Parenting And Dealing With Disobedience

By  | 

Many parents of young children here in the West instinctively view obedience as a virtue and disobedience as a vice. This is because at the unconscious level the parental relationship reinforcers the pleasant feeling of being godlike, of being the ultimate source of authority and power. Disobedience from the child can therefore create an irrational, over the top emotional response in the parent since this disobedience throws into doubt the anxiety reducing sense of being all wise, all knowing, all powerful.

This isn’t meant to demean the hard work parents put in or the really good job they’re doing, only to highlight an unconscious aspect of human psychology that can cause unintended consequences in the development of the young child. Because individualization¬†necessarily¬†means disobedience to one degree or another, it means going against the grain, it means challenging certain taken for granted cultural norms and values, it means testing limits, pushing buttons, pushing back.

In the existential sense obedience isn’t necessarily good or bad and disobedience isn’t necessarily good or bad. The determination of good or bad is dependent upon the type of authority being obeyed or disobeyed. If the authority is rational then obedience is indicated, if the authority is irrational then disobedience is indicated.

When kids ask “Why?” and parents respond with exasperation “Because I said so” it’s one sign pointing towards irrational forces operating. Of course there may be very good rational reasons behind that “Because I said so” like keeping the child safe, but our point here is that the onus is on the adult to have the courage to investigate the situation further and see whether or not the frustration bubbling up from the episode of disobedience has to do with inhabiting a role of irrational authority where obedience is demanded in order to get certain irrational psychological and emotional needs met.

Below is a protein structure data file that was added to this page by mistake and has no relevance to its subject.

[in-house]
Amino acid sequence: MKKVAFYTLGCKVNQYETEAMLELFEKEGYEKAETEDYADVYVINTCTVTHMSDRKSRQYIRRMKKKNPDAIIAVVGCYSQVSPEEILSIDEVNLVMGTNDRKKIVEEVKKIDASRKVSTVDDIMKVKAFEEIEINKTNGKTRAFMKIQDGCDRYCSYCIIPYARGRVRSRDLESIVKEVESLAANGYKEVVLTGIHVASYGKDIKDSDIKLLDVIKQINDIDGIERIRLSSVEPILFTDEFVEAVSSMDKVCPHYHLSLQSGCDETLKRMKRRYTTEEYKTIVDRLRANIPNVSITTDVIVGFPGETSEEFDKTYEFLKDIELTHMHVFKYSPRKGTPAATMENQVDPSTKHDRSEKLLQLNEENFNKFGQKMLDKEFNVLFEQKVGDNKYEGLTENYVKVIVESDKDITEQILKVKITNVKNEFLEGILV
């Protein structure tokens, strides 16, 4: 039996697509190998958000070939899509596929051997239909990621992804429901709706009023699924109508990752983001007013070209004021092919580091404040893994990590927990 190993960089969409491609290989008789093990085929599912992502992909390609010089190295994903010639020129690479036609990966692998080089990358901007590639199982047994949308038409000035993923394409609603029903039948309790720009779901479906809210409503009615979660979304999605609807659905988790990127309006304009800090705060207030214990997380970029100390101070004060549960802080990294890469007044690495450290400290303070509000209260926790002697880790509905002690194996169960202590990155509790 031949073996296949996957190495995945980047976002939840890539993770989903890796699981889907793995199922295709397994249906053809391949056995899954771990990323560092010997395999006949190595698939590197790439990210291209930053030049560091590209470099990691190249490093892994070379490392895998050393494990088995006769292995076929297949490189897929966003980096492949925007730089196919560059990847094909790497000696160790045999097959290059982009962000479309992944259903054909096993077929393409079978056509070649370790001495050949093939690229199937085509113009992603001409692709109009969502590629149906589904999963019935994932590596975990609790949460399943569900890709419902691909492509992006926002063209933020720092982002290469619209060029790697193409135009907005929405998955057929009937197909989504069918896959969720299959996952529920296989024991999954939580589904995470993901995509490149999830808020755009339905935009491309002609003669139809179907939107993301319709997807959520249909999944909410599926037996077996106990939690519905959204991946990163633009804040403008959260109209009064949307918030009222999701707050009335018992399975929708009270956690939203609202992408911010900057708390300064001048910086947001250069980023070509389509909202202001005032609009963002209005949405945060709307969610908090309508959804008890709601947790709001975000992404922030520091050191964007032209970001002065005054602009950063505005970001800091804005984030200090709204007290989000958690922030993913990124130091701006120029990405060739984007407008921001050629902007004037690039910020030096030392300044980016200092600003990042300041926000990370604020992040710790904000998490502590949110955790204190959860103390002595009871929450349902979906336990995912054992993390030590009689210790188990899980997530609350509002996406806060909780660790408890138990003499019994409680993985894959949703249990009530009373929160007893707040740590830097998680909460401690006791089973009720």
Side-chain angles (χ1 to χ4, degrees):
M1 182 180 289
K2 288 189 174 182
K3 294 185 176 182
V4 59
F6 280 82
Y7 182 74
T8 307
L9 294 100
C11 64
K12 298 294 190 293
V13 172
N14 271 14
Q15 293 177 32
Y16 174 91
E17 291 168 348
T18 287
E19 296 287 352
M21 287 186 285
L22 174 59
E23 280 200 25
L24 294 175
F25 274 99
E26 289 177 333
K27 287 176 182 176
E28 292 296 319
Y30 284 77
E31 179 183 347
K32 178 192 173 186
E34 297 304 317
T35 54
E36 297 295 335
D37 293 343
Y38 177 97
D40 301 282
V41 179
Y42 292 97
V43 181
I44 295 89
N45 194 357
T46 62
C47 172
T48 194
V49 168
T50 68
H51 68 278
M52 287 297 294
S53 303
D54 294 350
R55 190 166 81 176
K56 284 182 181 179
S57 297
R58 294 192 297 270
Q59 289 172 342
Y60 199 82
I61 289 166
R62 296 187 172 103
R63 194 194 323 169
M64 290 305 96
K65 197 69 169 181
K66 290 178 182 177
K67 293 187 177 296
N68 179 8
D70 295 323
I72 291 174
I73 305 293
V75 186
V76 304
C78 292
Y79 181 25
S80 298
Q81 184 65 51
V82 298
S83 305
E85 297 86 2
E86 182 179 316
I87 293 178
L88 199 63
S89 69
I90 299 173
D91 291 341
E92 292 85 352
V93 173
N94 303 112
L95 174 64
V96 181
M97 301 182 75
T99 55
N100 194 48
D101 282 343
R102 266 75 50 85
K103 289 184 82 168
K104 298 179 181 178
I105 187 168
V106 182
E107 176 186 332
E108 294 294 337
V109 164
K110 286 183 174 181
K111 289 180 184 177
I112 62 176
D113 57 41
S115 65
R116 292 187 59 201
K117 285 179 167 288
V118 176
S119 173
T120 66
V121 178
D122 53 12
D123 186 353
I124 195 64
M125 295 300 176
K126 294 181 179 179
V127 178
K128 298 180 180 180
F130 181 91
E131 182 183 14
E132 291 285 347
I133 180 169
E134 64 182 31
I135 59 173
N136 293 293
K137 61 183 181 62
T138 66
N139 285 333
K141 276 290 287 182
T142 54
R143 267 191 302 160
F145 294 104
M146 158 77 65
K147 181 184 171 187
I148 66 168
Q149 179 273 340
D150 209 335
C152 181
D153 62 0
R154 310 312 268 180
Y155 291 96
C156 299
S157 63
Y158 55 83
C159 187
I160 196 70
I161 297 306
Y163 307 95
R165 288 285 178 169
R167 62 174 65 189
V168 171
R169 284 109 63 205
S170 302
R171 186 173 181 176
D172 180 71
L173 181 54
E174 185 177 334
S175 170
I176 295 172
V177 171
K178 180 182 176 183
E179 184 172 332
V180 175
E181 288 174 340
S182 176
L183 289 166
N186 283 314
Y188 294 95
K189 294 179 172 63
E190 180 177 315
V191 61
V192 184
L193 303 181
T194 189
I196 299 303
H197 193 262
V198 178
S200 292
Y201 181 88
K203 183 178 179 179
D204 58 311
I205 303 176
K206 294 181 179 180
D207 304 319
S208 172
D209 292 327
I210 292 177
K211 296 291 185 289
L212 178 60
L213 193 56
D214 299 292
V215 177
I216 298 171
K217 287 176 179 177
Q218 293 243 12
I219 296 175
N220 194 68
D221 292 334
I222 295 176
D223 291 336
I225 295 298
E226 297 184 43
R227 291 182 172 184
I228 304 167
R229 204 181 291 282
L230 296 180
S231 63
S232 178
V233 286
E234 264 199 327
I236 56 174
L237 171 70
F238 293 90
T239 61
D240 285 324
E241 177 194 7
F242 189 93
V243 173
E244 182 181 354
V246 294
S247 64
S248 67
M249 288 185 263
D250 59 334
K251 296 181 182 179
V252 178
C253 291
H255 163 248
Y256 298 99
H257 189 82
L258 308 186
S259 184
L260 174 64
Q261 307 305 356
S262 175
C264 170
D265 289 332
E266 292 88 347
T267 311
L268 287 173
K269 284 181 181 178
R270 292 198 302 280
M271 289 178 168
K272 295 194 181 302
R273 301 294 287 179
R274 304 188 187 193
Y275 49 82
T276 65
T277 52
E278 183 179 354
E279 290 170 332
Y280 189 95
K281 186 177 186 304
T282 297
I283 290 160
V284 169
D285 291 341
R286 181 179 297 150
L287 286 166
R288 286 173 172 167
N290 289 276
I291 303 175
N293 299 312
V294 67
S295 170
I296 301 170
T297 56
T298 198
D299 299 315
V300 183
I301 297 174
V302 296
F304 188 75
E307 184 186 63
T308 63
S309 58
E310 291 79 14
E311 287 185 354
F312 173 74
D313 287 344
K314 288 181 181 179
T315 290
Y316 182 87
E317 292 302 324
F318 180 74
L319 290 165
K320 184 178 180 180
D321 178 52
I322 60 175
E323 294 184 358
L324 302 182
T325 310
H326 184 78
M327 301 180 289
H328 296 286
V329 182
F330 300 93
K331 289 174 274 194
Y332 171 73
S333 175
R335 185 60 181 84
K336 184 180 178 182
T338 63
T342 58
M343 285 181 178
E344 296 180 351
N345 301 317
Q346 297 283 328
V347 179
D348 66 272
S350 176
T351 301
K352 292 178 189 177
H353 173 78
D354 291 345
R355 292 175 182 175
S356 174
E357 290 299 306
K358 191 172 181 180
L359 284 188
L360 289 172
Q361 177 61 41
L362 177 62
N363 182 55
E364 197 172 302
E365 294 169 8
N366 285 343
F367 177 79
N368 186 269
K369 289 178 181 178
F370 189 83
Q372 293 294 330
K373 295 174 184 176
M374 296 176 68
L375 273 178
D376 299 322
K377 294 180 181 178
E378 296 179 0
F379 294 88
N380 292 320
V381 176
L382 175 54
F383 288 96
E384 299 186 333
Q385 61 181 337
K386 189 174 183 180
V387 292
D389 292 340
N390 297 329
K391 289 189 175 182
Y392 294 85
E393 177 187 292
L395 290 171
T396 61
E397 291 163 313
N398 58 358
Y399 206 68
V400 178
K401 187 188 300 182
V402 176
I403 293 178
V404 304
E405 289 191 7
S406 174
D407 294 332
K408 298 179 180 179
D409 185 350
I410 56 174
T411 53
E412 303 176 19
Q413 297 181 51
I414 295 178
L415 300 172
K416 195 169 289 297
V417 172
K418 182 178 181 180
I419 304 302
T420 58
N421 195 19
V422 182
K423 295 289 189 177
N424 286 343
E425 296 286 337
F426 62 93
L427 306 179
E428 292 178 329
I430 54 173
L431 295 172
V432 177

The change in perception that can take a lot of stress and unhappiness out of the nuclear family situation is to realize that individualization is good and healthy and that this individualization often involves behaviors that superficially seem naughty but are actually the child’s only real recourse for drawing a line in the sand to say “I’m not an automaton and I will not be subject to mindless control.”

Trying to stamp that spirit out of the child is dangerous indeed. The two most predictable outcomes in later life are either a docile drone who unthinkingly submits to all authority, to all shows of force, or an overly rebellious troublemaker who chafed under the yoke of irrational authority for too long and now deviates from societal norms and values not because they’re good or bad in and of themselves but as a matter of principle. Neither of these outcomes are wanted when we think about what a healthy, productive adult in society looks like.

A healthy, productive adult has the inner capacity to say both yes and no depending upon the circumstances, particularly on whether that yes or no is a response to rational authority or irrational authority. This is the admittedly difficult tightrope act to walk when parenting young children. It’s nurturing individualization and¬†nurturing obedience. Pulling off this trick means having the courage to do the inner work around the personal, often ambivalent relationship with authority. Most parents will readily agree they don’t want their children to grow up to be mindless drones just like they don’t want their children to grow up to be deviants. But what this really means is that obedience for the sake of obedience can’t be a virtue just like disobedience isn’t necessarily a vice.